No other civil engineering structure exemplifies the grandeur of a dam. So let’s talk about dams. A dam is an engineered structure designed to impound water by blocking the flow of the watercourse.  Dams are used for water supply, irrigation, flood control and of course electricity generation.  Apart from all this dam also creates recreation areas. The type of dam depends on 1) it’s principal construction material like concrete, masonry, soil and rocks  2) its structural configuration like an arch dam or a gravity dam. We will start with the arch dams.  When we see an arch in a building or abridge the load which is applied to it, it’s vertical. And an arch carries a load primarily in compression. That’s why it has to be made up of materials like concrete or stones which indeed have a very high compressive strength. And whenever we make an arch structure it becomes very important to give it some lateral support. What do I mean? Let’s understand with an illustration see in 1st figure when the applied force on the arch the outward force develops in their ends as a result arch collapses. So in order to stop the arch from collapsing, we have to provide some lateral support so that it won’t fail. Which you can in figure no 2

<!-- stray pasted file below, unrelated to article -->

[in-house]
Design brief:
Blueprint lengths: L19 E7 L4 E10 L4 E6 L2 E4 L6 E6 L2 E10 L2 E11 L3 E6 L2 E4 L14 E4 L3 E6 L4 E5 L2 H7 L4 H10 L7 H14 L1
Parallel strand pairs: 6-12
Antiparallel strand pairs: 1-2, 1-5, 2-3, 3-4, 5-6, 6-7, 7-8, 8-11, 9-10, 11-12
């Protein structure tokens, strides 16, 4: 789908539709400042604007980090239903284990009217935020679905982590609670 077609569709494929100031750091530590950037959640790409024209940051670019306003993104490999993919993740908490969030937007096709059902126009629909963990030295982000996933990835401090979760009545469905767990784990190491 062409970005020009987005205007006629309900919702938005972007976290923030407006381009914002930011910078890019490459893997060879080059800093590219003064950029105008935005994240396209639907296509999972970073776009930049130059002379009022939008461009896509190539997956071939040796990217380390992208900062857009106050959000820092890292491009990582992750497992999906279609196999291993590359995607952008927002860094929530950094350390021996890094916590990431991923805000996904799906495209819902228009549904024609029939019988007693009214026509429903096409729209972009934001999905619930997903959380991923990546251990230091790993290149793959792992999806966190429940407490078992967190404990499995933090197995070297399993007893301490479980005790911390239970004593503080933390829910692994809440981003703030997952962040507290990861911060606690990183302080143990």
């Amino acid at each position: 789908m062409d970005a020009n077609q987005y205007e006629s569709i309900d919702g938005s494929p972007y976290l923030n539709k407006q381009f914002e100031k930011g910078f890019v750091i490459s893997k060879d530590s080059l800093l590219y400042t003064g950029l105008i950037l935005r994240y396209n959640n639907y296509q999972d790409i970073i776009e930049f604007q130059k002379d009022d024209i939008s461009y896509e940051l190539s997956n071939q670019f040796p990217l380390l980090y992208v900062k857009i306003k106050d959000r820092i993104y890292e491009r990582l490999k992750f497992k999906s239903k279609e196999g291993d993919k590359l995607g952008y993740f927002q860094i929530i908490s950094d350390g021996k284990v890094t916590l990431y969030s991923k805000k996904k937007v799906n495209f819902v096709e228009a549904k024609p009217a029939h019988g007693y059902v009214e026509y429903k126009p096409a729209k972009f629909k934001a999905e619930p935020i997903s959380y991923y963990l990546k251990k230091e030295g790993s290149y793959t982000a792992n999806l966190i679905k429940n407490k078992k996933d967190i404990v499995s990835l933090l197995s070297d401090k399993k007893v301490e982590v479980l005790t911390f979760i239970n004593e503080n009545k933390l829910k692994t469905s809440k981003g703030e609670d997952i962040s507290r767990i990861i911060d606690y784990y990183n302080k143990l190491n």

• Arch Dams:


Now in arch dams, the same concept is taken but the alignment of the arch is sideways. As you can see in the image. Here everything works the same as any other arch structure difference is the load which is acting on this arch is hydrostatic pressure which is acting laterally in direction. Because we know from the knowledge of fluid mechanics the pressure on a submerged body acts perpendicular to the surface of the submerged body.  Which in this case dam acts like a submerged body. here dam is paced vertical so the pressure will act horizontally. As you may have noticed, the lateral support to this arch dam is provided with the help of hard rock of the river valley. And this is why can only make this dam where solid rock is available for lateral support. By the way, this picture is of  The Idukki Dam, located in Kerala, India.